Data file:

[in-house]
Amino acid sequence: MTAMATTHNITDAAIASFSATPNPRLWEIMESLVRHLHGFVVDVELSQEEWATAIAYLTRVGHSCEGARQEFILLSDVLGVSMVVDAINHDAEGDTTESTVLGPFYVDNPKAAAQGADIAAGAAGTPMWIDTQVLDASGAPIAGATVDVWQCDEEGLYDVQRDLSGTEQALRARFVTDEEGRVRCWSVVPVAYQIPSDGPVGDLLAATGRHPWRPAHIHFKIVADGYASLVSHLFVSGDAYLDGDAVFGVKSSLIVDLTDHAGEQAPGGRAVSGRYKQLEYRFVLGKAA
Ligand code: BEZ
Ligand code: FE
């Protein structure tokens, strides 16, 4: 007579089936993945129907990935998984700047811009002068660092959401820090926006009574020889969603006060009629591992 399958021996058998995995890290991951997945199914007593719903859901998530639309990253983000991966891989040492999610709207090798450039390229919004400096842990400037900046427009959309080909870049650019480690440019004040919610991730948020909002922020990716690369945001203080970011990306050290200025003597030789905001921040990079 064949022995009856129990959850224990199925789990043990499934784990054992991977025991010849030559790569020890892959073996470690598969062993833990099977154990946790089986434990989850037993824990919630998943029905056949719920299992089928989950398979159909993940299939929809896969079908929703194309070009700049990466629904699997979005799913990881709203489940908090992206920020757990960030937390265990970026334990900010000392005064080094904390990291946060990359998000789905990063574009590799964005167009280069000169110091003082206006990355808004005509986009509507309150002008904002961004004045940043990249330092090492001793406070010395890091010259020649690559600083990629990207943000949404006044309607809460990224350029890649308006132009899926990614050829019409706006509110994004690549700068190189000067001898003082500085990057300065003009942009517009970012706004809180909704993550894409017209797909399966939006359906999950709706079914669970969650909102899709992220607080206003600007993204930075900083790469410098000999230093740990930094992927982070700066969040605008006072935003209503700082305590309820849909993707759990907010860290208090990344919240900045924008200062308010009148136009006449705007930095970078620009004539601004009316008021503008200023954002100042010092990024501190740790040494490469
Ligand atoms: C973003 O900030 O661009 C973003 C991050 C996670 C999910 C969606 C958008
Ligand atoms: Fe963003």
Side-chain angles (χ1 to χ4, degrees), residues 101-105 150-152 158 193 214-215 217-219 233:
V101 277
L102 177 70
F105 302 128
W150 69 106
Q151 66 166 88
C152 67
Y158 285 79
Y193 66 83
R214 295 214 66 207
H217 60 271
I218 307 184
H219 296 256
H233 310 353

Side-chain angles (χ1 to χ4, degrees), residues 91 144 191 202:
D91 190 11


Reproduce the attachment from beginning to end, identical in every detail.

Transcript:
[in-house]
Amino acid sequence: MTAMATTHNITDAAIASFSATPNPRLWEIMESLVRHLHGFVVDVELSQEEWATAIAYLTRVGHSCEGARQEFILLSDVLGVSMVVDAINHDAEGDTTESTVLGPFYVDNPKAAAQGADIAAGAAGTPMWIDTQVLDASGAPIAGATVDVWQCDEEGLYDVQRDLSGTEQALRARFVTDEEGRVRCWSVVPVAYQIPSDGPVGDLLAATGRHPWRPAHIHFKIVADGYASLVSHLFVSGDAYLDGDAVFGVKSSLIVDLTDHAGEQAPGGRAVSGRYKQLEYRFVLGKAA
Ligand code: BEZ
Ligand code: FE
């Protein structure tokens, strides 16, 4: 007579089936993945129907990935998984700047811009002068660092959401820090926006009574020889969603006060009629591992 399958021996058998995995890290991951997945199914007593719903859901998530639309990253983000991966891989040492999610709207090798450039390229919004400096842990400037900046427009959309080909870049650019480690440019004040919610991730948020909002922020990716690369945001203080970011990306050290200025003597030789905001921040990079 064949022995009856129990959850224990199925789990043990499934784990054992991977025991010849030559790569020890892959073996470690598969062993833990099977154990946790089986434990989850037993824990919630998943029905056949719920299992089928989950398979159909993940299939929809896969079908929703194309070009700049990466629904699997979005799913990881709203489940908090992206920020757990960030937390265990970026334990900010000392005064080094904390990291946060990359998000789905990063574009590799964005167009280069000169110091003082206006990355808004005509986009509507309150002008904002961004004045940043990249330092090492001793406070010395890091010259020649690559600083990629990207943000949404006044309607809460990224350029890649308006132009899926990614050829019409706006509110994004690549700068190189000067001898003082500085990057300065003009942009517009970012706004809180909704993550894409017209797909399966939006359906999950709706079914669970969650909102899709992220607080206003600007993204930075900083790469410098000999230093740990930094992927982070700066969040605008006072935003209503700082305590309820849909993707759990907010860290208090990344919240900045924008200062308010009148136009006449705007930095970078620009004539601004009316008021503008200023954002100042010092990024501190740790040494490469
Ligand atoms: C973003 O900030 O661009 C973003 C991050 C996670 C999910 C969606 C958008
Ligand atoms: Fe963003």
Side-chain angles (χ1 to χ4, degrees), residues 101-105 150-152 158 193 214-215 217-219 233:
V101 277
L102 177 70
F105 302 128
W150 69 106
Q151 66 166 88
C152 67
Y158 285 79
Y193 66 83
R214 295 214 66 207
H217 60 271
I218 307 184
H219 296 256
H233 310 353

Side-chain angles (χ1 to χ4, degrees), residues 91 144 191 202:
D91 190 11